Palestine/Gaza: In Preparation for the Gaza Freedom March

Gaza Victory
On the 31 December, the Gaza Freedom March is taking place to mark a year passing since Operation Cast Lead, the Israeli attack on Gaza.

The International Coalition to End the Illegal Siege of Gaza is mobilising an international contingent to march alongside the people of Gaza, in a non-violent show of solidarity and with the hope of ending the Gaza blockade.

Many of the participants have already arrived in Cairo in preparation.

The Freedom March has the participation of many noteworthy people, including author Alice Walker, Syrian actor and director Duraid Lahham, Roger Waters of Pink Floyd, and French rap group MAP, amongst others.
Amongst the participants is 84-year old Holocaust survivor Hedy Epstien.

Hedy Epstein has been actively raising awareness about the march. On 01 Dec 2009, along with J’Ann Allen, the wife of a retired military officer and Sandra Mansour, a Palestinian refugee, she issued a public invitation to political activist, Nobel Laureate and Holocaust survivor Elie Wiesel to go to Gaza with them.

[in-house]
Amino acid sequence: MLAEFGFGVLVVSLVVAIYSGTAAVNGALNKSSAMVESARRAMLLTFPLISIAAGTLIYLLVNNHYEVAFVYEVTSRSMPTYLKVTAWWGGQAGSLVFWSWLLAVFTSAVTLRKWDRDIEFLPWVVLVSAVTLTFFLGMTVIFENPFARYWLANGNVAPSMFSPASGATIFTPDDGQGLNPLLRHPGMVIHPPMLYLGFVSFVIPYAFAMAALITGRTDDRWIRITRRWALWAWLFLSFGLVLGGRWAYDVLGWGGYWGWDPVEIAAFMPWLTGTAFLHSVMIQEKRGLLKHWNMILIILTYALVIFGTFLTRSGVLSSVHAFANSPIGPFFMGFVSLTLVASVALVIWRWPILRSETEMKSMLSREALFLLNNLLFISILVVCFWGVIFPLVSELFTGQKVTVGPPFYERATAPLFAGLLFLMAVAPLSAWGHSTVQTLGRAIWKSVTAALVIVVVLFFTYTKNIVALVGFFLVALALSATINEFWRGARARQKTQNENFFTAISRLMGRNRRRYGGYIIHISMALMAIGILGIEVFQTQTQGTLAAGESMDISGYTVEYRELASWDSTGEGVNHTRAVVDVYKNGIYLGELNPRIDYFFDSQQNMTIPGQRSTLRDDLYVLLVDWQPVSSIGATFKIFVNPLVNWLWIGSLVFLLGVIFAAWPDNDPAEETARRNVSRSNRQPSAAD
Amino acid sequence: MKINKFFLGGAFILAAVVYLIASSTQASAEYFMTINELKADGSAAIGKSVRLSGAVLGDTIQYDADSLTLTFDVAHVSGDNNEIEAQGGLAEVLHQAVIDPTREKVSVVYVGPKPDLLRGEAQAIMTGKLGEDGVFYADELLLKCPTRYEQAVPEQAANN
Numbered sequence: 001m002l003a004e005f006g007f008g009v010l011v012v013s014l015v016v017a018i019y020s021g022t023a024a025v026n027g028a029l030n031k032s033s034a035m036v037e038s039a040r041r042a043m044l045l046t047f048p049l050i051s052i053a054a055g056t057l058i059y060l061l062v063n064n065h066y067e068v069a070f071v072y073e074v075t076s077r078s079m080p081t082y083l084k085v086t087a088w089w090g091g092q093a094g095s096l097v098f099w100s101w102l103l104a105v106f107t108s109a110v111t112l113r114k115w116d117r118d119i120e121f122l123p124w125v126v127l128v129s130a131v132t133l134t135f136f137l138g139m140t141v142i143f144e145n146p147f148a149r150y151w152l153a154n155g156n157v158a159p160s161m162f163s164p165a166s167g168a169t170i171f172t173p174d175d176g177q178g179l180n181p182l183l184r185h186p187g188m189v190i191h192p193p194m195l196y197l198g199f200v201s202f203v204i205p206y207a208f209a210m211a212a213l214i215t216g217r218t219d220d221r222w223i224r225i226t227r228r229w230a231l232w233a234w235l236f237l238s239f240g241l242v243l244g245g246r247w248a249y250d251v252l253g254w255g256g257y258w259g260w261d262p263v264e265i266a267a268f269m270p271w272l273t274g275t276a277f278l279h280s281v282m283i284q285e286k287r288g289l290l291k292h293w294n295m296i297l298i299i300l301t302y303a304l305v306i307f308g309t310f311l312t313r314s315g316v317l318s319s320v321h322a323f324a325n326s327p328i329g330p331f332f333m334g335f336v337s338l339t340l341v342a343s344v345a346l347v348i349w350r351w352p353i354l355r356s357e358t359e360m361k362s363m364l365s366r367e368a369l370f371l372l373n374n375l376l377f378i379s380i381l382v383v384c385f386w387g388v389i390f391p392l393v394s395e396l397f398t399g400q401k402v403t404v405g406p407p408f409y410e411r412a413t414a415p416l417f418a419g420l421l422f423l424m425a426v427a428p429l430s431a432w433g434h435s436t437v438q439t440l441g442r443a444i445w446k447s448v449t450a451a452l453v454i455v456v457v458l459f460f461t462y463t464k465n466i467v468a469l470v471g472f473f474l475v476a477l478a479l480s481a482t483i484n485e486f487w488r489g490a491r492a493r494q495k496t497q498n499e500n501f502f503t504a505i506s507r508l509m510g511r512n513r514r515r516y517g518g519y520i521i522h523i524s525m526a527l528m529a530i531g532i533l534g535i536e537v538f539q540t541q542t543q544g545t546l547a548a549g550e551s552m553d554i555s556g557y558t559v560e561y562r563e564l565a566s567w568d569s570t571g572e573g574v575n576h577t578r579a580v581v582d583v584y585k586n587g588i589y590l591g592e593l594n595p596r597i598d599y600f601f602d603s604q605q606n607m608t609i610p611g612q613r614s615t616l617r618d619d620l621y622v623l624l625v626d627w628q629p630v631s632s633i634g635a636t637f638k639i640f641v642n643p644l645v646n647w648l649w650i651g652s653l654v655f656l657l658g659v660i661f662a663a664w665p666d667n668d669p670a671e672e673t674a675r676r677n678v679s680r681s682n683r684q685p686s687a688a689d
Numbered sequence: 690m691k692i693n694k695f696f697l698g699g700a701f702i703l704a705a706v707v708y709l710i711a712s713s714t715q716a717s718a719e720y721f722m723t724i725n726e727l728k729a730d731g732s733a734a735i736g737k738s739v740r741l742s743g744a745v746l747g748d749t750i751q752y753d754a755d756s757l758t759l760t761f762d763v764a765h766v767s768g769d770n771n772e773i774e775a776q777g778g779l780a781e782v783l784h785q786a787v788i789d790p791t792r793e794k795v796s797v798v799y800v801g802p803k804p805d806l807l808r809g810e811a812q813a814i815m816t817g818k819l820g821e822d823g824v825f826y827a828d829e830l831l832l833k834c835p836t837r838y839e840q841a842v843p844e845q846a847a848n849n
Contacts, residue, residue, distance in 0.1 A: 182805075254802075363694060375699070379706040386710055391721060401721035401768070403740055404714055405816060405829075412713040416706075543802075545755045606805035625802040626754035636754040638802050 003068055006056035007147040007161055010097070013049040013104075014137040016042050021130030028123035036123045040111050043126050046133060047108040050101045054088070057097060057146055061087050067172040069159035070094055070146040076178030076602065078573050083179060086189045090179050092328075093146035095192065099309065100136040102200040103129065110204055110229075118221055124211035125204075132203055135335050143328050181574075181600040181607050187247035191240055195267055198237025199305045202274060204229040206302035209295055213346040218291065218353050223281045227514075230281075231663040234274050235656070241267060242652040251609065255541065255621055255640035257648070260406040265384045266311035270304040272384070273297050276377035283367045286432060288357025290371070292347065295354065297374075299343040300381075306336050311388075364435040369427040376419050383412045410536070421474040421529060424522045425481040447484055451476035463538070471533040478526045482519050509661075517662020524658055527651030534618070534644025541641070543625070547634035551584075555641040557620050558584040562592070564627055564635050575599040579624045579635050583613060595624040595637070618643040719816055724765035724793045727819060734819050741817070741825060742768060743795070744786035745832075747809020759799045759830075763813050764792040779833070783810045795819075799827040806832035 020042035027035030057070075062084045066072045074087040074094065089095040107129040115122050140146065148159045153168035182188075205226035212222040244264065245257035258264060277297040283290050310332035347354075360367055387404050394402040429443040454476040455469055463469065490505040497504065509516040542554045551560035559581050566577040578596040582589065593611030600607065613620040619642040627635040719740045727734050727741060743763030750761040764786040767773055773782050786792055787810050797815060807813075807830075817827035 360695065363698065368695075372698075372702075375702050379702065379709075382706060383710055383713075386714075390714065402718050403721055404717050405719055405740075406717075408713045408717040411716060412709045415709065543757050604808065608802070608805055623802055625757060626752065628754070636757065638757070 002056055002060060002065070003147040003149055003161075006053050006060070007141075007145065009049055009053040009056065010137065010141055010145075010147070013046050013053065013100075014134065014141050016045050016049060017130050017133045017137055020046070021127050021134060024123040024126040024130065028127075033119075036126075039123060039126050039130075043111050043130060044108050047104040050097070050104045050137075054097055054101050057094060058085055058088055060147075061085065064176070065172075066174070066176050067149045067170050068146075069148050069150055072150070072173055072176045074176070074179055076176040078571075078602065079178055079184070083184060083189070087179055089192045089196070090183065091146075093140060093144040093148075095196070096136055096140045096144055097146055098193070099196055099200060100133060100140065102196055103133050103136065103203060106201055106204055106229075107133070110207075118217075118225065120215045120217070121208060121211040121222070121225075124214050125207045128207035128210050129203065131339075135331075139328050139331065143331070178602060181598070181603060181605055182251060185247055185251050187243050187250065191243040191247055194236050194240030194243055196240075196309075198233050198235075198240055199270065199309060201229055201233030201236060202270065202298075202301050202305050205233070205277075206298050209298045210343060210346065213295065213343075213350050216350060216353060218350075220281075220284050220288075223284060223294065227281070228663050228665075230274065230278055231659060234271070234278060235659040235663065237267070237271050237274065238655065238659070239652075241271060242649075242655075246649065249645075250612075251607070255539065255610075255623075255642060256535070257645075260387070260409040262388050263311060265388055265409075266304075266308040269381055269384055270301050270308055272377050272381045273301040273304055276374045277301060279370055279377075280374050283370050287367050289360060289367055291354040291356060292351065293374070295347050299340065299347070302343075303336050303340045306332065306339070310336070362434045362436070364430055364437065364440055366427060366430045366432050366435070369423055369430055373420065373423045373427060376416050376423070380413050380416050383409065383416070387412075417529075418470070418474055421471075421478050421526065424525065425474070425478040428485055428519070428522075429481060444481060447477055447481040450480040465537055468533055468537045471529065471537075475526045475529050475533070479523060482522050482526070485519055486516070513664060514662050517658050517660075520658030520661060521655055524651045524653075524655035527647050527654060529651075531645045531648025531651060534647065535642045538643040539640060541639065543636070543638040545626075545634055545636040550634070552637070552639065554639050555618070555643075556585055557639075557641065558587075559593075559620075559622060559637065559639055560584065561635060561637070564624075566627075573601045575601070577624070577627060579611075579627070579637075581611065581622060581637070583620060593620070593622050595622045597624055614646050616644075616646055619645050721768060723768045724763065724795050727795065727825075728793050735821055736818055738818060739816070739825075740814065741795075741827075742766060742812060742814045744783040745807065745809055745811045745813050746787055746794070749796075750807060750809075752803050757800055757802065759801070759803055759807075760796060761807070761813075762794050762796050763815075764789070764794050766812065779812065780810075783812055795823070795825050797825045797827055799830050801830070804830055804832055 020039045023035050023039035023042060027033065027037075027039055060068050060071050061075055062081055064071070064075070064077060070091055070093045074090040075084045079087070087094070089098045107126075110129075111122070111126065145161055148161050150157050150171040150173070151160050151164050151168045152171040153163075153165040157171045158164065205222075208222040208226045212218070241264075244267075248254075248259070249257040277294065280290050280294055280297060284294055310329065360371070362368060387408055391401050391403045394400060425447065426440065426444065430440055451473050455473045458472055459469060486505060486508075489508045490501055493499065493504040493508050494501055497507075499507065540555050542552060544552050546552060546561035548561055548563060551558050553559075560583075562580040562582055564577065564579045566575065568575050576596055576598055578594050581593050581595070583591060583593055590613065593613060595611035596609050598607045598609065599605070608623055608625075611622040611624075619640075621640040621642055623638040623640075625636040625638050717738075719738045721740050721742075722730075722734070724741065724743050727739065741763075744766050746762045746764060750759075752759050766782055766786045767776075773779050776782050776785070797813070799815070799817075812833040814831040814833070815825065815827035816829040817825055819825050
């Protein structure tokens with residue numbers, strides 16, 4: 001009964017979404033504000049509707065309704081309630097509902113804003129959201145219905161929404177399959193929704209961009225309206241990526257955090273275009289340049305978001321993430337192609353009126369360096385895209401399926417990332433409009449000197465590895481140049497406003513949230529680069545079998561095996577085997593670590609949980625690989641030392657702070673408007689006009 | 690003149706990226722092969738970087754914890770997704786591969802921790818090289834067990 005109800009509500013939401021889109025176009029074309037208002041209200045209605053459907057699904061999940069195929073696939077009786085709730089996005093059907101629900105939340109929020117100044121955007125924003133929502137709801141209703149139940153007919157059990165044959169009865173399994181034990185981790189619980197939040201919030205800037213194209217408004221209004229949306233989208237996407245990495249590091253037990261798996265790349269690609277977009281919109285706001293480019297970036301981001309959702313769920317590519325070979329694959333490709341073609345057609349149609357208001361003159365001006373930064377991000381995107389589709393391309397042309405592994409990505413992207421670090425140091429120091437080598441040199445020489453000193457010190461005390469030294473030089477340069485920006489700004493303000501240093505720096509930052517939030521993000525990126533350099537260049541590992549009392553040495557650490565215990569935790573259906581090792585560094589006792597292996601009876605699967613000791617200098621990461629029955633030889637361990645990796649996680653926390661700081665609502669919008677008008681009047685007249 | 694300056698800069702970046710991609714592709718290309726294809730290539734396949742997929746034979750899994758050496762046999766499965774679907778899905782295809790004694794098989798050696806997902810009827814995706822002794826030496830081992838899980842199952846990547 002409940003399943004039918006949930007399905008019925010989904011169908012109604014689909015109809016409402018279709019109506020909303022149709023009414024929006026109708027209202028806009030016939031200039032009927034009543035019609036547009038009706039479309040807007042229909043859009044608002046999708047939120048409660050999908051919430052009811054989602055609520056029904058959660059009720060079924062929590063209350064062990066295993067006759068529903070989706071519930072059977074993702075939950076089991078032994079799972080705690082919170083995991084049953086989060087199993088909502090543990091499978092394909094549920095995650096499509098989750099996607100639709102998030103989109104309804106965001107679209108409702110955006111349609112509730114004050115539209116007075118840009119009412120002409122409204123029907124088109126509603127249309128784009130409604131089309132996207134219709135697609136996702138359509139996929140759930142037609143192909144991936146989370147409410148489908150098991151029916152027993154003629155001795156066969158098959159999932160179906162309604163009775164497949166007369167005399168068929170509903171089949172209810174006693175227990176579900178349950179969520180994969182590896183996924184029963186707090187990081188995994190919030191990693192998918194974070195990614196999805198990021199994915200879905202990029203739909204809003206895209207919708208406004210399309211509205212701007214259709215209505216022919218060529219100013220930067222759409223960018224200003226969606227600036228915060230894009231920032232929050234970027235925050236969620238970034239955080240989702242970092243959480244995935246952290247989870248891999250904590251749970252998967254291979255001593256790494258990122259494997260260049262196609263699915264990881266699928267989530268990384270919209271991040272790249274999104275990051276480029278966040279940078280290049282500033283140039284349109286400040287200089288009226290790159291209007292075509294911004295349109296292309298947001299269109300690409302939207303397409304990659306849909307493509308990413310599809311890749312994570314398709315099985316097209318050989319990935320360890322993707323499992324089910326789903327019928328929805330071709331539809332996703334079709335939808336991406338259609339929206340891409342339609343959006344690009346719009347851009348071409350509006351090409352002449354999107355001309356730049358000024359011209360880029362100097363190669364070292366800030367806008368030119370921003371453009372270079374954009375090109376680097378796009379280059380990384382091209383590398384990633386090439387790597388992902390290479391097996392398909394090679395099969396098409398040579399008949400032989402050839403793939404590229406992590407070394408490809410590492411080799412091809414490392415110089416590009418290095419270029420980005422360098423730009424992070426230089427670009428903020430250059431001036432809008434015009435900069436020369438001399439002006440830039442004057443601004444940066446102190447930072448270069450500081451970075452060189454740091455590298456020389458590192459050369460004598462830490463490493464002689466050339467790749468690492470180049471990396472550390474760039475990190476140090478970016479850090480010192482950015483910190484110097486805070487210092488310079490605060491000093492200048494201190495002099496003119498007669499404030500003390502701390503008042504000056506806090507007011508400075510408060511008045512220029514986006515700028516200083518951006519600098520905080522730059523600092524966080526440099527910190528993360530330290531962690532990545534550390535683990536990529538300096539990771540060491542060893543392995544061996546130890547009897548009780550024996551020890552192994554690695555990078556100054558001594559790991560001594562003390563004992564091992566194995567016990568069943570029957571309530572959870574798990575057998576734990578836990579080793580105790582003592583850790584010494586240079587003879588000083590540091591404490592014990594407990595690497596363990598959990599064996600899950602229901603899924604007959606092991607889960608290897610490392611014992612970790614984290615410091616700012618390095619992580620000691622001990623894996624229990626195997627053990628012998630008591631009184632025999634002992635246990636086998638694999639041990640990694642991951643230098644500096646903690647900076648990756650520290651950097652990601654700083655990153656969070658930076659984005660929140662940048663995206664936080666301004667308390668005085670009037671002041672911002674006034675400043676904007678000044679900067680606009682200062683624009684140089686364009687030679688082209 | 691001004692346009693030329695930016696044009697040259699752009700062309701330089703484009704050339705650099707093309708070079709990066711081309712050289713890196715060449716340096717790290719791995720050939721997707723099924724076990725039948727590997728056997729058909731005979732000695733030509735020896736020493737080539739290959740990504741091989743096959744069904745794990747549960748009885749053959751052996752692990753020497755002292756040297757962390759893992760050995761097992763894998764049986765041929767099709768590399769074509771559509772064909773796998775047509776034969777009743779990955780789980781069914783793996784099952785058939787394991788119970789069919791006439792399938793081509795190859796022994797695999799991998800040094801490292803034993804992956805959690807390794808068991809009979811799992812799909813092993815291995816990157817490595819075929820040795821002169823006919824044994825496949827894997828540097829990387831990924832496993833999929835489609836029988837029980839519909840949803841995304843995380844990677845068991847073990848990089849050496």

Wiesel was urged to “Break Your Silence and Come With Us”, during a speech at St.Louis University:

Hedy Epsteins participation in the March has been met with much appreciaton:
Desertpeace applauds her participation:

Seeing a survivor of those horrors [The Holocaust] struggle against today’s evils is truly an inspiration. I am speaking of Hedy Epstein, who as I write this, is on her way to Gaza to take part in the Gaza Freedom March. This is what the Holocaust should have ‘produced’ as an ‘industry’, an industry that does not allow a repetition of the past…. NEVER AGAIN!

The organisation of the march has not, however, been without its hurdles, and organisers the International Coalition to End the Illegal Siege of Gaza, have not been beyond criticism.

Norman Finkelstein, author of The Holocaust Industry and ‘dreamer’ of the march, was initially an active member of the coalition, but has since resigned. His frustration came from a much-debated change in the statement of the coalition. The original statement of the coalition was to march to break the siege in accordance with the principle of non-violence and anchored in international law. The statement was later amended to include the ‘political context,’ which Finkelstein deemed divisive as it brought in potentially contentious issues unnecessary to the original appeal.  While he does not specify the exact amendments with which he objects, he comments in his address Why I resigned from the Gaza Freedom March coalition: